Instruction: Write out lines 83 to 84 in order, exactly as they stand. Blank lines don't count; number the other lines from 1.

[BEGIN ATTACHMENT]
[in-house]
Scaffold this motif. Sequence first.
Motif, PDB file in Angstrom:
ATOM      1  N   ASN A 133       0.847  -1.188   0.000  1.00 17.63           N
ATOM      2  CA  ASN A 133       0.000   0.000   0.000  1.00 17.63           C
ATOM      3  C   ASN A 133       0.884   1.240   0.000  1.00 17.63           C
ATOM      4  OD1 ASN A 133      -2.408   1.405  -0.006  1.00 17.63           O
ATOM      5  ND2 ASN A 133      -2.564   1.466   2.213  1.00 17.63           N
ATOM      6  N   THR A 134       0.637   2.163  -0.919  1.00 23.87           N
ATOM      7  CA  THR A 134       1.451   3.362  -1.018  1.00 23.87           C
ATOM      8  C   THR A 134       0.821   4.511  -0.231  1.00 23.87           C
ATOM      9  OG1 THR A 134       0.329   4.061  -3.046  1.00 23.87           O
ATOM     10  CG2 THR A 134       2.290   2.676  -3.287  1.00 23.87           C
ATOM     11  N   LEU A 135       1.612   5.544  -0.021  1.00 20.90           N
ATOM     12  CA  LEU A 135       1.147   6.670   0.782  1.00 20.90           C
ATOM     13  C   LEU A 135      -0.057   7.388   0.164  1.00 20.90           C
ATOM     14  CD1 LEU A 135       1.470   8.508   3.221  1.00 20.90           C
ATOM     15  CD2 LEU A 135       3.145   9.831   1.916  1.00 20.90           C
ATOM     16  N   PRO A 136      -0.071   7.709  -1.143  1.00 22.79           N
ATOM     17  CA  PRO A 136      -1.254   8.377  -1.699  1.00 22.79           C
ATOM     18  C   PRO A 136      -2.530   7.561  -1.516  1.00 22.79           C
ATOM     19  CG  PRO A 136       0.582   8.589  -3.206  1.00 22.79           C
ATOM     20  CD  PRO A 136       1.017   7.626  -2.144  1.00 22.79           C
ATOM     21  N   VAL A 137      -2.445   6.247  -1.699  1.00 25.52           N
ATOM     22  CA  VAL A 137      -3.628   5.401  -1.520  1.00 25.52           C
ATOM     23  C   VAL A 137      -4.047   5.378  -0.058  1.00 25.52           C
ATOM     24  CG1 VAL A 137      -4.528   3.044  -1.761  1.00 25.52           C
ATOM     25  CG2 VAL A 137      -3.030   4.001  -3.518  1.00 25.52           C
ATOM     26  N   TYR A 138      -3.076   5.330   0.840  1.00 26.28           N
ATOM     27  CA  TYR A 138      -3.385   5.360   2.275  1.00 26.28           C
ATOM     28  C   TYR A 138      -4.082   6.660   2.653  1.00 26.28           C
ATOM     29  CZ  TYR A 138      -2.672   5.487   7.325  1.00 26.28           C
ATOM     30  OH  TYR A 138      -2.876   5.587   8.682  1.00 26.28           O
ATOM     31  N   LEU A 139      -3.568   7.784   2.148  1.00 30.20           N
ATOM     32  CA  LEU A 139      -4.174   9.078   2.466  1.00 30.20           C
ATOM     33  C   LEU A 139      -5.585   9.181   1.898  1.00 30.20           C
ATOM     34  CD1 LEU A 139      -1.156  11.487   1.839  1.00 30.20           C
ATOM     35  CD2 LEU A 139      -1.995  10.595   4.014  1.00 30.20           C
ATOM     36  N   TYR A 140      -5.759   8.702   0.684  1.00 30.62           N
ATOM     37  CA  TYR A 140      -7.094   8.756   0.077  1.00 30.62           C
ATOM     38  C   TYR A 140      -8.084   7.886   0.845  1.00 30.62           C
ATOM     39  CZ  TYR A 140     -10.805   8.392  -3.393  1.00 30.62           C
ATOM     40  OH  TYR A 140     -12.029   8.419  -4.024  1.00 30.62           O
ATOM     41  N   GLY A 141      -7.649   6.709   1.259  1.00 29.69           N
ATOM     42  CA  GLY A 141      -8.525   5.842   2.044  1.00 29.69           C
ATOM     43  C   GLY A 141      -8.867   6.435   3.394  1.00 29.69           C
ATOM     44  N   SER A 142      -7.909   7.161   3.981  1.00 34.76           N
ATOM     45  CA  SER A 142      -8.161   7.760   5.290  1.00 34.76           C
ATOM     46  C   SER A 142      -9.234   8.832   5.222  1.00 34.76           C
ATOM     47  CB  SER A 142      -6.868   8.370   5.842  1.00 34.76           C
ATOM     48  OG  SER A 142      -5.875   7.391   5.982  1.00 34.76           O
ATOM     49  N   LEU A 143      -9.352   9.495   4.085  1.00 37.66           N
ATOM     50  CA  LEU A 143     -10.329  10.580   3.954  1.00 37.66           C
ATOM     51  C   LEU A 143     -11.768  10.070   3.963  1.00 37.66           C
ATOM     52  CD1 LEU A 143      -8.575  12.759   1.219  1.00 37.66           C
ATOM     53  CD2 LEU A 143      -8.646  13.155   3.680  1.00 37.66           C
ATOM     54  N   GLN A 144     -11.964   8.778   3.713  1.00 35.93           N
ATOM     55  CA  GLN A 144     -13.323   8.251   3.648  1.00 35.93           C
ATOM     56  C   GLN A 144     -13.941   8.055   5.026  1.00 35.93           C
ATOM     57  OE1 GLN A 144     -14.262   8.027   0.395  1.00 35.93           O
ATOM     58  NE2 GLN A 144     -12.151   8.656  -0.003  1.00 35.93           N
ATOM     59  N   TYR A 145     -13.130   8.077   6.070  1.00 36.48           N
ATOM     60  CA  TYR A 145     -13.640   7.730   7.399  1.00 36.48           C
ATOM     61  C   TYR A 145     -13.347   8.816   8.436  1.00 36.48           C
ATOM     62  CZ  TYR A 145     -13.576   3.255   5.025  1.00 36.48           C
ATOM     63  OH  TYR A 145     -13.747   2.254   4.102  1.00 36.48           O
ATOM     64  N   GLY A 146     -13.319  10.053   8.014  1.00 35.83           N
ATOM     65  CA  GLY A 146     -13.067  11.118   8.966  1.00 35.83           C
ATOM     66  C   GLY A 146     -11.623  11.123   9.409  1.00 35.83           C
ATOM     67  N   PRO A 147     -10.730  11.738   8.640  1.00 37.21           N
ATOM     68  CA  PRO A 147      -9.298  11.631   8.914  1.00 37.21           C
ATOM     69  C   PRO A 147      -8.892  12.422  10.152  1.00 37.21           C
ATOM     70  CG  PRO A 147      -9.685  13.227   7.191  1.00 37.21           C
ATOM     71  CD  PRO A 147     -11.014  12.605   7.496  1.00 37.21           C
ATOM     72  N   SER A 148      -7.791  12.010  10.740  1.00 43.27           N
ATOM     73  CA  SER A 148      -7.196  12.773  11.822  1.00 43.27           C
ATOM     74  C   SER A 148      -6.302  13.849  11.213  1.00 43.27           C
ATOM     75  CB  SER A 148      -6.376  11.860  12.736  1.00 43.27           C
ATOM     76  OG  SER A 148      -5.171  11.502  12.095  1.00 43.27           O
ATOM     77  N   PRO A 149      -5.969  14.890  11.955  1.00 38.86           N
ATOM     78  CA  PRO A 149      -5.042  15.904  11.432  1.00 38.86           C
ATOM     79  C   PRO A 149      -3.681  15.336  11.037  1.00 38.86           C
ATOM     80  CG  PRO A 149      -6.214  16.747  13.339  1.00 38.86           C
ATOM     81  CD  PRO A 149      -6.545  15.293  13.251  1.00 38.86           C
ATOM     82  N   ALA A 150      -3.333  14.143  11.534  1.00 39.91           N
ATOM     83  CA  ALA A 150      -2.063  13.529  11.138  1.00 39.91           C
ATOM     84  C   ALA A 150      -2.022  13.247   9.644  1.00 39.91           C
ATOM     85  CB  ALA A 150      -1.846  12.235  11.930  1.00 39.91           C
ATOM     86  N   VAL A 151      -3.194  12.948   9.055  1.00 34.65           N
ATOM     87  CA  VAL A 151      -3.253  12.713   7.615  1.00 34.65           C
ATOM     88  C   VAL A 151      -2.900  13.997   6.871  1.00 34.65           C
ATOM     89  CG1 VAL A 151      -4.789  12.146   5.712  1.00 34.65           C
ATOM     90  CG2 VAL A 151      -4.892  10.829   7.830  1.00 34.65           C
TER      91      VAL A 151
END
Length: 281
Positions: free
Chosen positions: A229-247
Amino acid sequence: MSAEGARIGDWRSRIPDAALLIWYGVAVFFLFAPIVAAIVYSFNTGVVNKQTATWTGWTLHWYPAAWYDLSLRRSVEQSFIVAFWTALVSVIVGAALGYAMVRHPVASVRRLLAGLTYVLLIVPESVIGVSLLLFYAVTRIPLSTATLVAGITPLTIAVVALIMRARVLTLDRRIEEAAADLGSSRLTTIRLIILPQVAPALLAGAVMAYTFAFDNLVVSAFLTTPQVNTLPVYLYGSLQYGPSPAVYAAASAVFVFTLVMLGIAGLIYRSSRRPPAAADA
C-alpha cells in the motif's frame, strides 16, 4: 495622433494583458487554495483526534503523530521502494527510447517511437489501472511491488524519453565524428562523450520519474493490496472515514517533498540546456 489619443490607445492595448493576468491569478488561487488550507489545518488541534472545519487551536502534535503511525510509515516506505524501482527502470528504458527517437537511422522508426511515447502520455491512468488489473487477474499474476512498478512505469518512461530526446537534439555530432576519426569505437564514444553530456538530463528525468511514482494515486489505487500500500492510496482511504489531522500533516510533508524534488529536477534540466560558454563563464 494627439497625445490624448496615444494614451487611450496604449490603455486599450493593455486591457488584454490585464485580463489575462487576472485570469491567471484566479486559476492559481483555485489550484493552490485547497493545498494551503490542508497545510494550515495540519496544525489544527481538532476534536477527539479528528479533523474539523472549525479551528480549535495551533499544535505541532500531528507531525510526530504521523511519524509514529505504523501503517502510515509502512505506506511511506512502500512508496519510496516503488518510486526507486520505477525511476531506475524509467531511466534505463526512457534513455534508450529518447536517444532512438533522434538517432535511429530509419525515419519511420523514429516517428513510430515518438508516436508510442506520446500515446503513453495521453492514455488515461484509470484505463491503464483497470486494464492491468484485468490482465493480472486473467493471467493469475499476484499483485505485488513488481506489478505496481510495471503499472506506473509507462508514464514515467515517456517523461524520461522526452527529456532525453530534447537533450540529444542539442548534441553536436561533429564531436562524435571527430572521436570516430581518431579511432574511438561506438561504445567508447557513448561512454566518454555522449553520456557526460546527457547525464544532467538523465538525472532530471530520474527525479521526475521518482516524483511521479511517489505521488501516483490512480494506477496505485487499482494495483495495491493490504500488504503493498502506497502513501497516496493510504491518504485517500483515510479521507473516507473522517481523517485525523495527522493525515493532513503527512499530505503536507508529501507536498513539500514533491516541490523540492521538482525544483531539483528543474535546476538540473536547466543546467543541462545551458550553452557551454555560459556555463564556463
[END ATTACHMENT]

ATOM     80  CG  PRO A 149      -6.214  16.747  13.339  1.00 38.86           C
ATOM     81  CD  PRO A 149      -6.545  15.293  13.251  1.00 38.86           C